Helped by the fact that only Giambi (of the Yanks, and under pressure, in part because of his grand jury testimony) among active players willingly contacted them, the report is skewered to a few places per some key insiders who testified on the matter. This helps explain the number of NY players, though only a few of them really amount to much. There is also some conclusions based on the testimony of a key person, leading to an opening for players to deny. Clemens, the big fish here, seems to be taking that tack to start. Andy Pettite, the "good guy" [no sarcasm really ... hard to dislike the guy) many are probably the saddest about, admitted to taking a growth hormone for a couple days to help an injury.

Mike Lupica is not impressed. Likewise, an article on Pettite in today's Daily News is rather pointed. It starts with a reference to "bible toting Yankee Ace Andy Petite," later noting he wrote a book entitled "Strike Zone: Targeting a Life of Integrity & Purity," and spoke of his "pious" nature. A "HYPOCRITE!" (if not "LIAR!") undertone is not exactly an out there inference here. A fan favorite, the departing catcher of the Mets, Paul Lo Duca also was listed. I guess because he is on the way out, and has a reputation as a bit of a bad boy type (at least, mouthing off), there isn't much coverage on him around here. The list did have a few other key names, including Gagne, the once light's out closer with a weak year after an injury, who the Brewers -- suggesting the insanity these days -- picked up for $10m for a year contract.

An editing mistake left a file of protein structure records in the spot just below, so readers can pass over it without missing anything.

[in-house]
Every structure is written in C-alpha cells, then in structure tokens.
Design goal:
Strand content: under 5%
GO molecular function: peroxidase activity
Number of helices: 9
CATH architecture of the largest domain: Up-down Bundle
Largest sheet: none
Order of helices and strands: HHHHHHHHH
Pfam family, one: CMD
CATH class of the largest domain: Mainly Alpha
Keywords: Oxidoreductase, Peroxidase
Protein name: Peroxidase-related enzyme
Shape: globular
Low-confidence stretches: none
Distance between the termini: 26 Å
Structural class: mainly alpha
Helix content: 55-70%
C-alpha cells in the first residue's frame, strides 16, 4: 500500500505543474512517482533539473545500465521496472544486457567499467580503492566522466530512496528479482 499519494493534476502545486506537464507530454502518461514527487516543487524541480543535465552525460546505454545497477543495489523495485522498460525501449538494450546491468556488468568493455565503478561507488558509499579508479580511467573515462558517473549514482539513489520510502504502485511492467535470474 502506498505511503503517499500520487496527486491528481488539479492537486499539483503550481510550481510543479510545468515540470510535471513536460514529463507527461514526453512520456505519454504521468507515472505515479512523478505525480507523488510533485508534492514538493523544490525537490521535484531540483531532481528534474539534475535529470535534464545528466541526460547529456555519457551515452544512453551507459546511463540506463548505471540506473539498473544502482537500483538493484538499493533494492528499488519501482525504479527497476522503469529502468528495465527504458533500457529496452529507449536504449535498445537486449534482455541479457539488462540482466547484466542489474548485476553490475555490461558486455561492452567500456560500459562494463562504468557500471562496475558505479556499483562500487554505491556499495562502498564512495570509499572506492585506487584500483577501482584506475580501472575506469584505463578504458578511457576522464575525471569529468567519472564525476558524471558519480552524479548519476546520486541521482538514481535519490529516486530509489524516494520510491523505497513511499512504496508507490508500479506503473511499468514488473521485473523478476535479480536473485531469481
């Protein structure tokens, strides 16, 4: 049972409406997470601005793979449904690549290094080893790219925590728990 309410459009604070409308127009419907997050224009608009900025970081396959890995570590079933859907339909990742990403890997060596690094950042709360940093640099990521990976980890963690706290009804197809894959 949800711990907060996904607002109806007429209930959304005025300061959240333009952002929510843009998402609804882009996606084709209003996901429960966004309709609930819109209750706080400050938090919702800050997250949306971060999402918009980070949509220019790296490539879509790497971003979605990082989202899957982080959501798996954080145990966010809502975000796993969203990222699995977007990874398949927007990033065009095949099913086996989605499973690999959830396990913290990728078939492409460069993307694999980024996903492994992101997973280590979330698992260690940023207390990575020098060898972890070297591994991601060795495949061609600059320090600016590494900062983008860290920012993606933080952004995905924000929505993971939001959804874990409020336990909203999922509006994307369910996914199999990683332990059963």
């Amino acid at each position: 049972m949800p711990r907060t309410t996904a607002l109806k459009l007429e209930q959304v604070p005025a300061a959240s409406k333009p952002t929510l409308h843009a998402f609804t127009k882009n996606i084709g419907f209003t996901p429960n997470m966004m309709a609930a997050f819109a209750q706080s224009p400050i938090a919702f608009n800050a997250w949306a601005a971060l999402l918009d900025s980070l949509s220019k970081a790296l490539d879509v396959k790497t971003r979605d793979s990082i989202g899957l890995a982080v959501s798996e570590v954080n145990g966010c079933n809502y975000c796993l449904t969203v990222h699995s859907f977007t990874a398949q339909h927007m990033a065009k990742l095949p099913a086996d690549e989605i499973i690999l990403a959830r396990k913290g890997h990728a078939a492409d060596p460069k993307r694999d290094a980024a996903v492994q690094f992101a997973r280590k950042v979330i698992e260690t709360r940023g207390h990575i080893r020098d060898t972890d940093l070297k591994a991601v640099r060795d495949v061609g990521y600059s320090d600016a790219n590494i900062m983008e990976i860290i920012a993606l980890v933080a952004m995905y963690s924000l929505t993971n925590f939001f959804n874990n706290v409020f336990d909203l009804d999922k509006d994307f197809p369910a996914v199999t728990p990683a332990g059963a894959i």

I have a feeling that many fans will not be too impressed with the report -- such with the case for many calls to the WFAN local sports station -- unless something special in addition is done next season. The overall expectations probably should be modest -- seeing it as part of the solution, part of emphasizing that there is a problem, even when only part of the evidence is examined, with a "wall of silence" in place from the players. BTW, it is logical for the player's association to be suspicious, but Mitchell's advice to not use this as a club suggests they very might have overplayed their hand. Some cooperation could have done wonders, none blacking the reputations of much more than the small subset -- serious as it surely is -- of players who violated the rules.